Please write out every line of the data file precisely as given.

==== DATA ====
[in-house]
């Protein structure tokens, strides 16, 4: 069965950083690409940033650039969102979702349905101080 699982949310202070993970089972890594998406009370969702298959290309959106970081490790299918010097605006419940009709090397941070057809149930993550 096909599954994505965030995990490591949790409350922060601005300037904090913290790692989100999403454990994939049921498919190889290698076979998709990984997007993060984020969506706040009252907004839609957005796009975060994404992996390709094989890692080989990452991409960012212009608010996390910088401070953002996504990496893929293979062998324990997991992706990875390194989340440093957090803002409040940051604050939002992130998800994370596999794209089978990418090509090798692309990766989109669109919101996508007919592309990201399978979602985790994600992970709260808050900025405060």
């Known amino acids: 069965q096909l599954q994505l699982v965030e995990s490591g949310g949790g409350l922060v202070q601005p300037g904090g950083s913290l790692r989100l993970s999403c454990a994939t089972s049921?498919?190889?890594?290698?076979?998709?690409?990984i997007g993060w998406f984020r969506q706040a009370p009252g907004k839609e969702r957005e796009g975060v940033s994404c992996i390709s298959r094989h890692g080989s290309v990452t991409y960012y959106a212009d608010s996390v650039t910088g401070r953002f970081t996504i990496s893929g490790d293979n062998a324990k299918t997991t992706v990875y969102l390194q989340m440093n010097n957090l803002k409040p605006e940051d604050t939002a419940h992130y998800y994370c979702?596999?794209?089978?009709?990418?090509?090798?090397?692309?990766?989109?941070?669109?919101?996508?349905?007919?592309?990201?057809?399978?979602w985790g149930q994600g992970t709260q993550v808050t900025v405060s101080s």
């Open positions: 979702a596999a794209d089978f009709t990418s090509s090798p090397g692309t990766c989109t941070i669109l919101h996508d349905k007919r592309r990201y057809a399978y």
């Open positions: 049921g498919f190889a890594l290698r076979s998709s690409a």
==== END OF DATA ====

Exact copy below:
[in-house]
């Protein structure tokens, strides 16, 4: 069965950083690409940033650039969102979702349905101080 699982949310202070993970089972890594998406009370969702298959290309959106970081490790299918010097605006419940009709090397941070057809149930993550 096909599954994505965030995990490591949790409350922060601005300037904090913290790692989100999403454990994939049921498919190889290698076979998709990984997007993060984020969506706040009252907004839609957005796009975060994404992996390709094989890692080989990452991409960012212009608010996390910088401070953002996504990496893929293979062998324990997991992706990875390194989340440093957090803002409040940051604050939002992130998800994370596999794209089978990418090509090798692309990766989109669109919101996508007919592309990201399978979602985790994600992970709260808050900025405060």
């Known amino acids: 069965q096909l599954q994505l699982v965030e995990s490591g949310g949790g409350l922060v202070q601005p300037g904090g950083s913290l790692r989100l993970s999403c454990a994939t089972s049921?498919?190889?890594?290698?076979?998709?690409?990984i997007g993060w998406f984020r969506q706040a009370p009252g907004k839609e969702r957005e796009g975060v940033s994404c992996i390709s298959r094989h890692g080989s290309v990452t991409y960012y959106a212009d608010s996390v650039t910088g401070r953002f970081t996504i990496s893929g490790d293979n062998a324990k299918t997991t992706v990875y969102l390194q989340m440093n010097n957090l803002k409040p605006e940051d604050t939002a419940h992130y998800y994370c979702?596999?794209?089978?009709?990418?090509?090798?090397?692309?990766?989109?941070?669109?919101?996508?349905?007919?592309?990201?057809?399978?979602w985790g149930q994600g992970t709260q993550v808050t900025v405060s101080s």
């Open positions: 979702a596999a794209d089978f009709t990418s090509s090798p090397g692309t990766c989109t941070i669109l919101h996508d349905k007919r592309r990201y057809a399978y």
């Open positions: 049921g498919f190889a890594l290698r076979s998709s690409a």